—Cpt. Mal Reynolds, Serenity (edited)

If you're new to the Sailnet Forums... please read this
To view links or images in signatures your post count must be 10 or greater. You currently have 0 posts.
.

Still—DON'T READ THAT POST AGAIN.
Reply With Quote Share with Facebook
  #7  
Old 02-27-2010
jrd22's Avatar
Courtney the Dancer
 
Join Date: Nov 2000
Location: San Juan Islands., WA, USA
Posts: 3,813
Thanks: 3
Thanked 14 Times in 14 Posts
Rep Power: 14
jrd22 will become famous soon enough
Good job, good post. I'm glad to see the bigger Lofrans windlasses are built better than the manual one we had, it was the cheapest, most poorly built thing I've ever taken apart (except for maybe a Chinese made 10 speed bike).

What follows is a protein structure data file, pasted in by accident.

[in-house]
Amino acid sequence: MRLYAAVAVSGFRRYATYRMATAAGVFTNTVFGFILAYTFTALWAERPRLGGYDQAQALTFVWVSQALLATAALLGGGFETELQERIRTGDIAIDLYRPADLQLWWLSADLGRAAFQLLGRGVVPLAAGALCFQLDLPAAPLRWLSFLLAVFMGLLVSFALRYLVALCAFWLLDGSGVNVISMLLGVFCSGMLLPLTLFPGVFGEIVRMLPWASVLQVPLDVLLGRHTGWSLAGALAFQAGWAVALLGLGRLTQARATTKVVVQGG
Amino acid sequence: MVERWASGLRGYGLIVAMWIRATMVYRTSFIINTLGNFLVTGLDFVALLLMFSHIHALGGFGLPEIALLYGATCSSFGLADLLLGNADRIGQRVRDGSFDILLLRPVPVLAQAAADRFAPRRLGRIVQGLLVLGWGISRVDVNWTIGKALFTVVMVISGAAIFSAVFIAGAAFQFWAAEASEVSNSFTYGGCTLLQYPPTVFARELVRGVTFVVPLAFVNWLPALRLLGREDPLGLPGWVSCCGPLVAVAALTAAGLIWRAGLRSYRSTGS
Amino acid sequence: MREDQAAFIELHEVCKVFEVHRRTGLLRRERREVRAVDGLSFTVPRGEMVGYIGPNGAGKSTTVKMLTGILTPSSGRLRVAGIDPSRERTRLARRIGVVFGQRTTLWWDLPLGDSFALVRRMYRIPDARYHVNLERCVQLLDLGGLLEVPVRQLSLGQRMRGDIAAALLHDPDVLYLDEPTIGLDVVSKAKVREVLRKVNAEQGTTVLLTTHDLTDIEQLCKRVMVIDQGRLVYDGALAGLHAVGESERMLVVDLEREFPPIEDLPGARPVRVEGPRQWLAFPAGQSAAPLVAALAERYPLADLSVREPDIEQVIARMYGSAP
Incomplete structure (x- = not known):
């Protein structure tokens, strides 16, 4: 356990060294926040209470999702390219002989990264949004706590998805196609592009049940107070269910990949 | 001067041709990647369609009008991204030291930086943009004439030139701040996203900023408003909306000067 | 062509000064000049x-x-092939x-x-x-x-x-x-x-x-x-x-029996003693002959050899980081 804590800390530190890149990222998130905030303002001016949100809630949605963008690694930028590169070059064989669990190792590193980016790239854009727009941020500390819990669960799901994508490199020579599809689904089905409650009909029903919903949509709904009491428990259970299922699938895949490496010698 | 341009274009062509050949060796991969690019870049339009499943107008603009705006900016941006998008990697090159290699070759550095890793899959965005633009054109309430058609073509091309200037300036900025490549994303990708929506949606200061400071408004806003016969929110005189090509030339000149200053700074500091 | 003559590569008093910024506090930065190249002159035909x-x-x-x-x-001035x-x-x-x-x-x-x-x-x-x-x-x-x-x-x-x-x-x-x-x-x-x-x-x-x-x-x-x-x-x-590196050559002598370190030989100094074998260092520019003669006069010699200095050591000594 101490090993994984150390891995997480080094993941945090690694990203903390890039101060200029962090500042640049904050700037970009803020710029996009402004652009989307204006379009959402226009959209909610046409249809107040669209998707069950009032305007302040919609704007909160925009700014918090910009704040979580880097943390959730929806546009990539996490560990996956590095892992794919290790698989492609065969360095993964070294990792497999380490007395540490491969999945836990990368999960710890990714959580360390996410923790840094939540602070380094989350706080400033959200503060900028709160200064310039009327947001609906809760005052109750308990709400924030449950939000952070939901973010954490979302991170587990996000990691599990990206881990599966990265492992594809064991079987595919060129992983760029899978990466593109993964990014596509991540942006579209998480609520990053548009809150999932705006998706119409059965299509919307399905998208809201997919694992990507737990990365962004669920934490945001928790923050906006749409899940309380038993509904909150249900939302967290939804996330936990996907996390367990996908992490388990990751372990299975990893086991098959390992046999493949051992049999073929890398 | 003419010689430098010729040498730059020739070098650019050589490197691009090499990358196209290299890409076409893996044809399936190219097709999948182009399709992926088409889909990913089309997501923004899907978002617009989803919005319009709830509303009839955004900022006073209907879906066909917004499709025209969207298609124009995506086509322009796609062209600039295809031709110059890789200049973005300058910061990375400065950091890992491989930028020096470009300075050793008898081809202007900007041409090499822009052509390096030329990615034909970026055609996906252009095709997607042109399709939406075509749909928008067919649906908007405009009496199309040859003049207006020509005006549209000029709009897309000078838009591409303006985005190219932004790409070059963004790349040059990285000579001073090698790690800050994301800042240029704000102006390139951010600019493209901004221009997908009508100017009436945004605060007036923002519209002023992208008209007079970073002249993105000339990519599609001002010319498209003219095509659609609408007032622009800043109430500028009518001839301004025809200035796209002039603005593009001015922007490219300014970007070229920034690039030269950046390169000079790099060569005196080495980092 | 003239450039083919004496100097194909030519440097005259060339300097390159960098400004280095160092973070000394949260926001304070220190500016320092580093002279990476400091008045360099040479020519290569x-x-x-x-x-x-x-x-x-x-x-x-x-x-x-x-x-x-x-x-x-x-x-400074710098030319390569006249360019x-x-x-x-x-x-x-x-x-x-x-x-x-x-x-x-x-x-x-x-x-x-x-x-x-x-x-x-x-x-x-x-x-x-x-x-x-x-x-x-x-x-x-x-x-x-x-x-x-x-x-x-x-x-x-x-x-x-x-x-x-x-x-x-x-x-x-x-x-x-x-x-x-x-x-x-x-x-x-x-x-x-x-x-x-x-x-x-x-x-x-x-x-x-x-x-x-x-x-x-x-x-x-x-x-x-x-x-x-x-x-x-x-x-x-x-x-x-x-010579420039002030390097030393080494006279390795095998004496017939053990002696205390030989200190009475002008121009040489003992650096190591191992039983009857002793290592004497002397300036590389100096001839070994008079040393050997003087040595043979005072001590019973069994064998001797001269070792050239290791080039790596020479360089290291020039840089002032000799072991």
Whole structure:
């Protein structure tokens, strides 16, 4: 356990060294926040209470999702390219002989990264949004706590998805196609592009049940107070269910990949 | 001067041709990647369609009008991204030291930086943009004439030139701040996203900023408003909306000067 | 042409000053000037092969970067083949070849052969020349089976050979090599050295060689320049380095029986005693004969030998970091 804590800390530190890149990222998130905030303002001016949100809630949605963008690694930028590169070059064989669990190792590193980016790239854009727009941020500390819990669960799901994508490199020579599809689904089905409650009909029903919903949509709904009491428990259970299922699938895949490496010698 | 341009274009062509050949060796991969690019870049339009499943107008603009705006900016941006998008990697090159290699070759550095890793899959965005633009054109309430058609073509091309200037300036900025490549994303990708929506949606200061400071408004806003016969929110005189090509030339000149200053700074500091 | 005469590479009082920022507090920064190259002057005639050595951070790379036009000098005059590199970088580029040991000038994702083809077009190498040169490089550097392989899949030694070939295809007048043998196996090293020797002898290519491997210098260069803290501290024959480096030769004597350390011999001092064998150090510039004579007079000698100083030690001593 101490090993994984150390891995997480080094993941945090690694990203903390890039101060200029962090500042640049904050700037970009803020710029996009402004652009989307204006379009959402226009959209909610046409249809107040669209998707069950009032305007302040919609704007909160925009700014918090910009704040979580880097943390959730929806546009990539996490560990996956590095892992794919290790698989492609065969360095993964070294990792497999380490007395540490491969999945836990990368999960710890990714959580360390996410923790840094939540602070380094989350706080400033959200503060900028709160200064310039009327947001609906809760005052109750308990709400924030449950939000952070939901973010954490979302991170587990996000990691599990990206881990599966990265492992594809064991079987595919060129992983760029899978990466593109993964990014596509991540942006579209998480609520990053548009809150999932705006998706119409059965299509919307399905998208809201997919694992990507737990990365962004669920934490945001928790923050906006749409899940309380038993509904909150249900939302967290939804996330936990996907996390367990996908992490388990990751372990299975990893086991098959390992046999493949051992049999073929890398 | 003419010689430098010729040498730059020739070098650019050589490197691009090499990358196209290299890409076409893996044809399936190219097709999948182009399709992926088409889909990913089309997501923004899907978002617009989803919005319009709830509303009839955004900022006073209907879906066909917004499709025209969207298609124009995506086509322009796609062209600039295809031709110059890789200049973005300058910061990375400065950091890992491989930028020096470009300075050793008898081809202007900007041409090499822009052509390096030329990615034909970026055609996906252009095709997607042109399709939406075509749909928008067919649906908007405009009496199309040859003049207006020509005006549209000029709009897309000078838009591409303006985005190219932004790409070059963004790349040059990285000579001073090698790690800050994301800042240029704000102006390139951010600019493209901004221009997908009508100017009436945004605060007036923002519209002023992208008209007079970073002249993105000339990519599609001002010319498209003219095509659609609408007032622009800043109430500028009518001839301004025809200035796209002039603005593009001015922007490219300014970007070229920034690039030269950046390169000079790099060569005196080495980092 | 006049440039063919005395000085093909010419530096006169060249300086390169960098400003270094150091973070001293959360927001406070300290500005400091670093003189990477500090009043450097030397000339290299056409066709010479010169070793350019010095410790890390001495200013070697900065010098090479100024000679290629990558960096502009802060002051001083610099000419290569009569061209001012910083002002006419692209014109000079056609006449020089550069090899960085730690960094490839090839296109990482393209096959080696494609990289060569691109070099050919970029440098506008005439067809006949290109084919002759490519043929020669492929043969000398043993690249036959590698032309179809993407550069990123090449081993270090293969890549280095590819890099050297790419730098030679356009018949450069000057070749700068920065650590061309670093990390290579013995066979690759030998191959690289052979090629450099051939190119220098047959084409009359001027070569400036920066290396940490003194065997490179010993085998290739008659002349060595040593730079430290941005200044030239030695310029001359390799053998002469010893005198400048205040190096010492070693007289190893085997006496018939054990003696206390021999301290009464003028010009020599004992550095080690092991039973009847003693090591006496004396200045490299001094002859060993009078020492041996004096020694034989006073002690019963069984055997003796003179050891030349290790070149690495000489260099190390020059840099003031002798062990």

__________________
John
SV Laurie Anne

1988 Brewer 40 Pilothouse

Reply With Quote Share with Facebook
  #8  
Old 02-28-2010
Bene505's Avatar
Glad I found Sailnet
 
Join Date: Jul 2008
Posts: 3,543
Thanks: 5
Thanked 37 Times in 36 Posts
Rep Power: 7
Bene505 will become famous soon enough Bene505 will become famous soon enough
I took the cover off the electric motor (as Philsboat suggested on the AS site), removed a lot of dust and checked the brushes. The brushes look good with lots of life left on them (I think). I can only image that the ton of dust that came out was from an older set of brushes. The PO probably changed brushes without removing the motor from the windlass, so he couldn't shake it around like I did to remove the dust. Looking at the smoky color of the inside of the motor case, and the lack of any discoloration on this motor, I'm thinking this may not be the original motor. See the 6th picture in this thread. Anyway, when I removed the cover a pile of dust fell out. Here are some pictures. There was probably 10x as much dust that came out total.